Like other antibiotic formulations, using this one could lead to an overgrowth of fungus and other non-susceptible organisms. If superinfection develops, the antibiotic should be stopped and the proper therapy should be started.

Before starting therapy for sexual illnesses in which coexisting syphilis is suspected, a dark field examination should be performed, and the blood serology should be repeated every month for at least 4 months.

Tetracyclines have been demonstrated to decrease plasmaprothrombin activity, therefore patients receiving anticoagulant therapy may need to decrease the amount of their anticoagulant.

Periodic laboratory monitoring of organ systems, including hematopoietic, renal, and hepatic investigations, should be carried out during long-term therapy.

Group A beta-hemolytic streptococci infections should always be treated for at least 10 days.

Tetracycline shouldn’t be administered along with penicillin since bacteriostatic medications may inhibit the bactericidal effects of penicillin.


Inhibiting protein synthesis is assumed to be how oxytetracycline achieves its antibacterial effects. It is mostly bacteriostatic. A variety of gram-negative and gram-positive microorganisms are susceptible to the antibiotic oxytetracycline.

Tetracycline class medications have remarkably similar antimicrobial spectra, and cross resistance between them is frequent. If the M.I.C. (minimum inhibitory concentration) is less than 4.0 mcg/ml, microorganisms may be deemed sensitive, and if it is between 4.0 and 12.5 mcg/ml, they may be classified intermediate.

Testing for susceptibility to medicines in the tetracycline class: A tetracycline disc may be used in this process. A 30 mcg tetracycline disc should produce a zone of at least 19 mm when tested against an oxytetracycline-susceptible bacterial strain if the Kirby-Bauer method of disc susceptibility testing is utilized.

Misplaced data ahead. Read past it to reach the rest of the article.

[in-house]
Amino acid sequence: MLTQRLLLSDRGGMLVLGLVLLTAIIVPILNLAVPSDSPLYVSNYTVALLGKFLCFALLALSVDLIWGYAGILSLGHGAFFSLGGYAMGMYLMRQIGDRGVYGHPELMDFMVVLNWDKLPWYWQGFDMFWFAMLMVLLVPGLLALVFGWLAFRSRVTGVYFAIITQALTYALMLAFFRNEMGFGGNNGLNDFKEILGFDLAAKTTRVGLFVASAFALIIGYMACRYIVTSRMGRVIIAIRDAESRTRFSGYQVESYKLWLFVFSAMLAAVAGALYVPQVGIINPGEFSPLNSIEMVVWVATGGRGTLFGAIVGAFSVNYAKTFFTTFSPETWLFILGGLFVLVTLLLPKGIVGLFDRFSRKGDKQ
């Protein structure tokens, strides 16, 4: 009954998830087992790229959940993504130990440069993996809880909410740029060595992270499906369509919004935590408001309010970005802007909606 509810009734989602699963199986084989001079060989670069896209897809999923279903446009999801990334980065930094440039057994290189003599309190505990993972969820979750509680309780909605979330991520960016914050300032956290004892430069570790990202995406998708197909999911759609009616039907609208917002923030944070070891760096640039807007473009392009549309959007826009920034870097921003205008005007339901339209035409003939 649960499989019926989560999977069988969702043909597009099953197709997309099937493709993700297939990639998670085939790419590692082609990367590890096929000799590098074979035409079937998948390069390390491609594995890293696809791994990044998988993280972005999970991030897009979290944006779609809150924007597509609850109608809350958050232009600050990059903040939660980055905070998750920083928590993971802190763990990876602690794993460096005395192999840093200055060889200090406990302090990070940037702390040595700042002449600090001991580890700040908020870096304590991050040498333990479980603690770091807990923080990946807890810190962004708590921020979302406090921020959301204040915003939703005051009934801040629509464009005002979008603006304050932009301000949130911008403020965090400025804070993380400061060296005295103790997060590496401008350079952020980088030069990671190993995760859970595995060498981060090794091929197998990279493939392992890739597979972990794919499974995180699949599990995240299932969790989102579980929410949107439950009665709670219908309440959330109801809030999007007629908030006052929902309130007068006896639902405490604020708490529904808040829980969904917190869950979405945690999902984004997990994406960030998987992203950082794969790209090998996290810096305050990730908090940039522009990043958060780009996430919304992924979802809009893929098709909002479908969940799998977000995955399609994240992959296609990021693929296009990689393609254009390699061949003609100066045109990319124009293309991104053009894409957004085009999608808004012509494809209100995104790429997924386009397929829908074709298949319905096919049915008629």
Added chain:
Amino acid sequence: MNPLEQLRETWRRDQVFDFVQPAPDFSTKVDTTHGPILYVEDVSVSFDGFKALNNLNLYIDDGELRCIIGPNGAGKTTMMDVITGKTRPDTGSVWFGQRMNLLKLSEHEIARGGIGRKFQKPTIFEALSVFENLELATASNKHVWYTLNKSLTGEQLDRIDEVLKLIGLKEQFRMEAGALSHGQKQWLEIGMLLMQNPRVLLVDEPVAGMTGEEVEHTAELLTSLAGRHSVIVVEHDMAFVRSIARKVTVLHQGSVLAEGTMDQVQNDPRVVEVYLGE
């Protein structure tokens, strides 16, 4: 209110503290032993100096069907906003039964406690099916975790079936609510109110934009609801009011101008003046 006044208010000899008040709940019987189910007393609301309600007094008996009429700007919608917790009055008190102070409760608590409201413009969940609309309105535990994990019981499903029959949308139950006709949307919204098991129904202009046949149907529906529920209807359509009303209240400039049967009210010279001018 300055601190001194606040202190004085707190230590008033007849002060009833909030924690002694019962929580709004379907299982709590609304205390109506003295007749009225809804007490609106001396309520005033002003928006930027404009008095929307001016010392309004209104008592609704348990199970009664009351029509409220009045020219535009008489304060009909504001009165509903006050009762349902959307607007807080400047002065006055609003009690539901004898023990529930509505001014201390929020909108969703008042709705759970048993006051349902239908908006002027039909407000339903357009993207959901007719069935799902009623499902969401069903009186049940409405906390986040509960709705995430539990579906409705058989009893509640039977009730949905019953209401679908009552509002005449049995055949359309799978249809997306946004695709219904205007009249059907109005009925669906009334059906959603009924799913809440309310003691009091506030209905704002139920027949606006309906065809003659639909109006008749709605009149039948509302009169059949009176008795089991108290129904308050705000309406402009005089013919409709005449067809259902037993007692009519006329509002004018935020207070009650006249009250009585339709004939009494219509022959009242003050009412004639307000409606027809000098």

Tetracyclines are quickly absorbed and to variable degrees bound to plasma proteins. They are concentrated by the liver in the bile and eliminated in high concentrations and in a biologically active form in the urine and feces.

Can dogs take Terramycin for humans?

Not all dogs should use terramycin. Given that it may cause liver problems, pregnant dogs shouldn’t receive it. Additionally, it shouldn’t be given to pets who are allergic or hypersensitive to it.

When given along with other types of medications, the antibiotic may result in potential interactions. Terramycin and oral antacids can interact. Before giving your dog this medication, let your veterinarian know about all the medications it is already on.


Pay close attention to the administration instructions and dosage recommendations your veterinarian gives you for this medication. Unless the vet specifies otherwise, make sure your dog consumes all of his medication. This is crucial to lowering your pet’s chances of recurrence or resistance.

When should I give Terramycin to my dog?